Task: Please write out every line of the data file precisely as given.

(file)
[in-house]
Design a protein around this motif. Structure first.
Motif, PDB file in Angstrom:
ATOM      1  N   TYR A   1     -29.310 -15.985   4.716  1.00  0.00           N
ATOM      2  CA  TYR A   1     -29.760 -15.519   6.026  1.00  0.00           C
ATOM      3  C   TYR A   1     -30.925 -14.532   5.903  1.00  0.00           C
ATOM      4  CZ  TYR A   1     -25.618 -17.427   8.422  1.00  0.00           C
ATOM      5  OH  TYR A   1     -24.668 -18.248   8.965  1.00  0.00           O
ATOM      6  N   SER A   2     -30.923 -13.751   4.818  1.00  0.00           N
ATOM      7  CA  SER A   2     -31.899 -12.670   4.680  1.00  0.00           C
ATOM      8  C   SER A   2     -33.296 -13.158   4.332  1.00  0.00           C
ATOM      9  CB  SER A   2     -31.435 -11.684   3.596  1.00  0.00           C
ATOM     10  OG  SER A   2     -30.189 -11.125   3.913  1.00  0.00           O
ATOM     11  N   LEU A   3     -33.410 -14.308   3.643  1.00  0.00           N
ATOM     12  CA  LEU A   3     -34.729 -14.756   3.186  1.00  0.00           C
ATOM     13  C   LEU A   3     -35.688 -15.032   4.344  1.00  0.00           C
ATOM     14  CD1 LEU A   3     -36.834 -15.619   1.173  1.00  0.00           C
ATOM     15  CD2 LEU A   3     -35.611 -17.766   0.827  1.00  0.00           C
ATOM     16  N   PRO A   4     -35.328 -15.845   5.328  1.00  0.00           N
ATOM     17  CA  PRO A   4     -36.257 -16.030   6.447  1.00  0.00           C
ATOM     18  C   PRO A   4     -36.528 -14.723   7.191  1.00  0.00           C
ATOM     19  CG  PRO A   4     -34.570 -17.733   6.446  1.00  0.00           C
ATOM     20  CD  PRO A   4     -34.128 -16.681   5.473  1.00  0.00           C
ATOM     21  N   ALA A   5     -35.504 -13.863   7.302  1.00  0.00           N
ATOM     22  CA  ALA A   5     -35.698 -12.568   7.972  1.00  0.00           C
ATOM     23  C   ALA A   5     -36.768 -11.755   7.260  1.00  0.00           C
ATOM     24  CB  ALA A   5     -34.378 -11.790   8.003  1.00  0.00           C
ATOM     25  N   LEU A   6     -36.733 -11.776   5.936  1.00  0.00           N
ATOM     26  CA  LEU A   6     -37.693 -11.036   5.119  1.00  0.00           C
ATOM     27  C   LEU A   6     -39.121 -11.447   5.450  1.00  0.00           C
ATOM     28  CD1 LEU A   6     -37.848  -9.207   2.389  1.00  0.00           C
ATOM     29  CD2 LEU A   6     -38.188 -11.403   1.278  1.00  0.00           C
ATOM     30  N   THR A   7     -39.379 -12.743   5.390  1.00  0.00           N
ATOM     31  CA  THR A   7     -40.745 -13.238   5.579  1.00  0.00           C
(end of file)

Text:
[in-house]
Design a protein around this motif. Structure first.
Motif, PDB file in Angstrom:
ATOM      1  N   TYR A   1     -29.310 -15.985   4.716  1.00  0.00           N
ATOM      2  CA  TYR A   1     -29.760 -15.519   6.026  1.00  0.00           C
ATOM      3  C   TYR A   1     -30.925 -14.532   5.903  1.00  0.00           C
ATOM      4  CZ  TYR A   1     -25.618 -17.427   8.422  1.00  0.00           C
ATOM      5  OH  TYR A   1     -24.668 -18.248   8.965  1.00  0.00           O
ATOM      6  N   SER A   2     -30.923 -13.751   4.818  1.00  0.00           N
ATOM      7  CA  SER A   2     -31.899 -12.670   4.680  1.00  0.00           C
ATOM      8  C   SER A   2     -33.296 -13.158   4.332  1.00  0.00           C
ATOM      9  CB  SER A   2     -31.435 -11.684   3.596  1.00  0.00           C
ATOM     10  OG  SER A   2     -30.189 -11.125   3.913  1.00  0.00           O
ATOM     11  N   LEU A   3     -33.410 -14.308   3.643  1.00  0.00           N
ATOM     12  CA  LEU A   3     -34.729 -14.756   3.186  1.00  0.00           C
ATOM     13  C   LEU A   3     -35.688 -15.032   4.344  1.00  0.00           C
ATOM     14  CD1 LEU A   3     -36.834 -15.619   1.173  1.00  0.00           C
ATOM     15  CD2 LEU A   3     -35.611 -17.766   0.827  1.00  0.00           C
ATOM     16  N   PRO A   4     -35.328 -15.845   5.328  1.00  0.00           N
ATOM     17  CA  PRO A   4     -36.257 -16.030   6.447  1.00  0.00           C
ATOM     18  C   PRO A   4     -36.528 -14.723   7.191  1.00  0.00           C
ATOM     19  CG  PRO A   4     -34.570 -17.733   6.446  1.00  0.00           C
ATOM     20  CD  PRO A   4     -34.128 -16.681   5.473  1.00  0.00           C
ATOM     21  N   ALA A   5     -35.504 -13.863   7.302  1.00  0.00           N
ATOM     22  CA  ALA A   5     -35.698 -12.568   7.972  1.00  0.00           C
ATOM     23  C   ALA A   5     -36.768 -11.755   7.260  1.00  0.00           C
ATOM     24  CB  ALA A   5     -34.378 -11.790   8.003  1.00  0.00           C
ATOM     25  N   LEU A   6     -36.733 -11.776   5.936  1.00  0.00           N
ATOM     26  CA  LEU A   6     -37.693 -11.036   5.119  1.00  0.00           C
ATOM     27  C   LEU A   6     -39.121 -11.447   5.450  1.00  0.00           C
ATOM     28  CD1 LEU A   6     -37.848  -9.207   2.389  1.00  0.00           C
ATOM     29  CD2 LEU A   6     -38.188 -11.403   1.278  1.00  0.00           C
ATOM     30  N   THR A   7     -39.379 -12.743   5.390  1.00  0.00           N
ATOM     31  CA  THR A   7     -40.745 -13.238   5.579  1.00  0.00           C